Even with advances in technology we still know VERY little about viruses.
The prevailing theory is that once a virus enters the body the immune system recognizes that a cell has been infected by a foreign invader; then it is tagged and eventually destroyed. The immune system supposedly remembers that strain of the virus and therefore mounts a defense sooner if that strain ever enters the body again; thus often times destroying it before you notice signs or symptoms appearing.
However that doesn't explain very well why some never contract the virus; is it just a stronger immune system, genetics, luck??
Take smallpox for example: there were many documented cases whereby same siblings slept alongside their infected siblings in same bed night after night; smallpox sibling died and yet the other siblings never contracted the disease.
Also some healthy subjects died while others had only mild symptoms and survived. (Smallpox had approximately 30% fatality rate; and 75% in some towns.) It is theorized President Lincoln likely had smallpox during his Gettysburg Address.
Same holds true for the common rhinovirus; some get sick and some do not, and others just get milder symptoms. No one really knows why.
And some do get chickenpox again later in adult life; it's known as shingles.
It has puzzled virologists for decades. So this current theory is not necessarily the correct one.
Some theorize that all viruses remain in body for life; but immune system just fights it down to the point where you are no longer contagious or show symptoms. A few have taken a step further and theorized that it gets encoded in DNA and you pass it down to your offspring, so that they get immunity or at least some immunity to that particular strain.
They are currently working on a vaccine for the most common rhinoviruses; and the research has been delivering some promising results. However, there likely will never be a time where the human race will not be constantly threatened by viruses. Its not like a scientist will likely discover a magic bullet similar to what antibiotics somewhat did with bacteria.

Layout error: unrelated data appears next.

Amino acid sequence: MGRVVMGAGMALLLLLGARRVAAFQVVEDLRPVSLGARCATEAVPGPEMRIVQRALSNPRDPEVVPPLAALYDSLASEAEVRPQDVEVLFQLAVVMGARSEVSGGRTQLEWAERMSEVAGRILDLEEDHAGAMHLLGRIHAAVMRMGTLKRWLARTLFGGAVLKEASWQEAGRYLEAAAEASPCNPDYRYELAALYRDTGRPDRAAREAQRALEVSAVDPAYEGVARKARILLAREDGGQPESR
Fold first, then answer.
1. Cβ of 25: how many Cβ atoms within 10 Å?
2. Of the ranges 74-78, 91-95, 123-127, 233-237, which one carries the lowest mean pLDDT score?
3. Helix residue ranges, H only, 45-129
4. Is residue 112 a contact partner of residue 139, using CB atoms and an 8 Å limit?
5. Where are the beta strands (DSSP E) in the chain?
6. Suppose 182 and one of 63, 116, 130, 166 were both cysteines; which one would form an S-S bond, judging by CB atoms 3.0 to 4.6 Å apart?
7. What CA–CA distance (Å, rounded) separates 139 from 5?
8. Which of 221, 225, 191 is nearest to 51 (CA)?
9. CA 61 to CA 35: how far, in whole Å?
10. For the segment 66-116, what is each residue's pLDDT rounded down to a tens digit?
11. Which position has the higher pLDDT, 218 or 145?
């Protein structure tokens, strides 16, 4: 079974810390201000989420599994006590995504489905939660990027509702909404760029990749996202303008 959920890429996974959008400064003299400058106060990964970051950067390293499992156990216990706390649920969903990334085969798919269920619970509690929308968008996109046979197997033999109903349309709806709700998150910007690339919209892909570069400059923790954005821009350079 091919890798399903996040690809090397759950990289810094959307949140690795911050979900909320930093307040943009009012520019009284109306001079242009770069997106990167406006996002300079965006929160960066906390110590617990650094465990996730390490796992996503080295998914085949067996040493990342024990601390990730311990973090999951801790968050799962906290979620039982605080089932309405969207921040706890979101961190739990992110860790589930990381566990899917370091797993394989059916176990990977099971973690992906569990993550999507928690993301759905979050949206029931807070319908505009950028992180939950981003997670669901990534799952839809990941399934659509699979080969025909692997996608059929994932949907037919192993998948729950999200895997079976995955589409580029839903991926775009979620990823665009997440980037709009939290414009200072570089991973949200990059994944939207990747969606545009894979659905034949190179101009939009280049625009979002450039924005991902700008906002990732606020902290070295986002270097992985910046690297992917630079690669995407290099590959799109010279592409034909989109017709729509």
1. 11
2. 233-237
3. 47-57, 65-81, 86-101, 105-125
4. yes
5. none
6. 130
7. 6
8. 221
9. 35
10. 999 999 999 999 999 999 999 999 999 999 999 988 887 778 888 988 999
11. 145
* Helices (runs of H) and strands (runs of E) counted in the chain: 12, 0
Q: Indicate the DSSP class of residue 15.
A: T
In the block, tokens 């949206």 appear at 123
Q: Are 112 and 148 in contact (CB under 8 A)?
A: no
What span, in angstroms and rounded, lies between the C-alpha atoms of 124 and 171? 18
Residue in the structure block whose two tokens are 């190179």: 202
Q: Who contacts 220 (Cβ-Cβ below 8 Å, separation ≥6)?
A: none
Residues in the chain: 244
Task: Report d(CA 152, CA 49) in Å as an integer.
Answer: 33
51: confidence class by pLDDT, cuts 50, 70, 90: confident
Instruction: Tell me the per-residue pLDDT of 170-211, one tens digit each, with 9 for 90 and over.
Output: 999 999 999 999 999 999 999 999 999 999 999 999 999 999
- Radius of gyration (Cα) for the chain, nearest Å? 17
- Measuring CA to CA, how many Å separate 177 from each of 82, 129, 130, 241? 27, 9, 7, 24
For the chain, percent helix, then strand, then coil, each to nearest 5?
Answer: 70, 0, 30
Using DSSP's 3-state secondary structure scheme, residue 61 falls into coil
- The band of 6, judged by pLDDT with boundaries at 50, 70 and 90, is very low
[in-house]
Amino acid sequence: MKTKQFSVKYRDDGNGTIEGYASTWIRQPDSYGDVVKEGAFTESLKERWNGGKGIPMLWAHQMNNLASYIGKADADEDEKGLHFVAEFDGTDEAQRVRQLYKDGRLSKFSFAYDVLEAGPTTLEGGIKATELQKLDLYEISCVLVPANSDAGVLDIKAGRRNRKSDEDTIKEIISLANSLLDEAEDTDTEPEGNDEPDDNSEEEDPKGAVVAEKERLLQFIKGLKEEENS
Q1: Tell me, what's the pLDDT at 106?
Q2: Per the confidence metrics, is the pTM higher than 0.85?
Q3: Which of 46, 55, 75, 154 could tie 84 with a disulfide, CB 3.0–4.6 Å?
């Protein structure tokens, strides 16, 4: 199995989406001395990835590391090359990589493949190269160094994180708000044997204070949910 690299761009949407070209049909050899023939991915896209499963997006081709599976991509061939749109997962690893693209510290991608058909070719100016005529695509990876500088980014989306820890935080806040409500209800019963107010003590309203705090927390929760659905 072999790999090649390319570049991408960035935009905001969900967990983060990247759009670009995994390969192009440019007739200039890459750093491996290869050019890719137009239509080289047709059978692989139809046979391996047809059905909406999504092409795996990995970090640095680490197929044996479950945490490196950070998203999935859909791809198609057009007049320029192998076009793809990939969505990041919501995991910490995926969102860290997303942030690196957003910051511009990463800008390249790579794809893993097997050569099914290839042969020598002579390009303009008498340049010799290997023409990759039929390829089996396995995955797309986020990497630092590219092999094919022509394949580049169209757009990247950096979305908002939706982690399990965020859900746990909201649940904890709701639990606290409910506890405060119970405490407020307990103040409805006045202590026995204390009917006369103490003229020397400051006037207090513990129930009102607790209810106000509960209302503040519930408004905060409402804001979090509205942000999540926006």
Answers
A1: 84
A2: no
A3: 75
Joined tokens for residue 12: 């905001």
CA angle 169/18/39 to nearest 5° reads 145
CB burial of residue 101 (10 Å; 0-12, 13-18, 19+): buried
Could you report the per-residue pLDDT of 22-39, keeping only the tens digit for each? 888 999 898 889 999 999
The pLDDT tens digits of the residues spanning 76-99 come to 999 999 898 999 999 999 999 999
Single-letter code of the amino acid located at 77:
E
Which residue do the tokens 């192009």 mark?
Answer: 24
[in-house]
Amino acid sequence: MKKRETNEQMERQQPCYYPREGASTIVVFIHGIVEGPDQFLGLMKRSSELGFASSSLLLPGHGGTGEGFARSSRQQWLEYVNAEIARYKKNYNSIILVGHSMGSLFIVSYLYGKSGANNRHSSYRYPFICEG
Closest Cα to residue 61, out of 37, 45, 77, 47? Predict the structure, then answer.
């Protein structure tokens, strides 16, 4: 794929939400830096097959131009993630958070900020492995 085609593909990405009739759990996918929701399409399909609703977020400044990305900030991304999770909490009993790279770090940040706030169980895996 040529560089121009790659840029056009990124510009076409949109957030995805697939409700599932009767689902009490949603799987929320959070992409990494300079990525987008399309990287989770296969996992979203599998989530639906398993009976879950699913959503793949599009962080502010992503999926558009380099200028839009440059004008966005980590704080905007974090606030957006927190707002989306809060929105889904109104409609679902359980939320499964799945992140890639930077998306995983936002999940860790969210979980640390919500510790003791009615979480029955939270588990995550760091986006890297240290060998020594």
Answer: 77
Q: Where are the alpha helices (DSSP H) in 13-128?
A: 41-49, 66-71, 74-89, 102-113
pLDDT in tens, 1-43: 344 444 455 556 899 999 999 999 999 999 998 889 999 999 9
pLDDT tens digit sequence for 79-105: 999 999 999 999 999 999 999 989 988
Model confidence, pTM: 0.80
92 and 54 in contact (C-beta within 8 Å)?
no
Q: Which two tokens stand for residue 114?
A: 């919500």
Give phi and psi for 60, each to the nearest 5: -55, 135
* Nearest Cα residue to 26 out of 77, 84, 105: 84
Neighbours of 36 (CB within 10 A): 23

Actually if society ever collapses, viruses and bacteria will spread like wildfire and likely kill most of the current population in just a few short years. There are many nasty viruses and bacteria alive and flourishing out there. Bubonic Plague is just one that strikes many in the southwest United States every year. It's just you don't hear much about it because with modern medicine the Bubonic Plague doesn't kill many in the U.S. Really most only learned that the U.S. has the Bubonic Plague from when right after 9/11 the idiotic news reporters were panicking and reporting that two individuals in New York confirmed positive for Bubonic Plague. It took a while for the hysteria to clear that day, and for them to realize they really didn't have a story because dozens of people contract Bubonic Plague every year in the U.S. (thousands worldwide). But for a while it was quite a comical scene.
The human race has likely gotten weaker over the past 100 years and will not fare well without intubators and modern medicine. Hopefully that time won't occur in your lifetime; but some generation will likely go through that nightmare scenario.
Probably the wisest course of action is to limit exposure to viruses but not necessarily try to sterilize yourself from them all together. And try and maintain your immune system at moderately high levels; nutrition, stress, exercise all seem to play a defining role.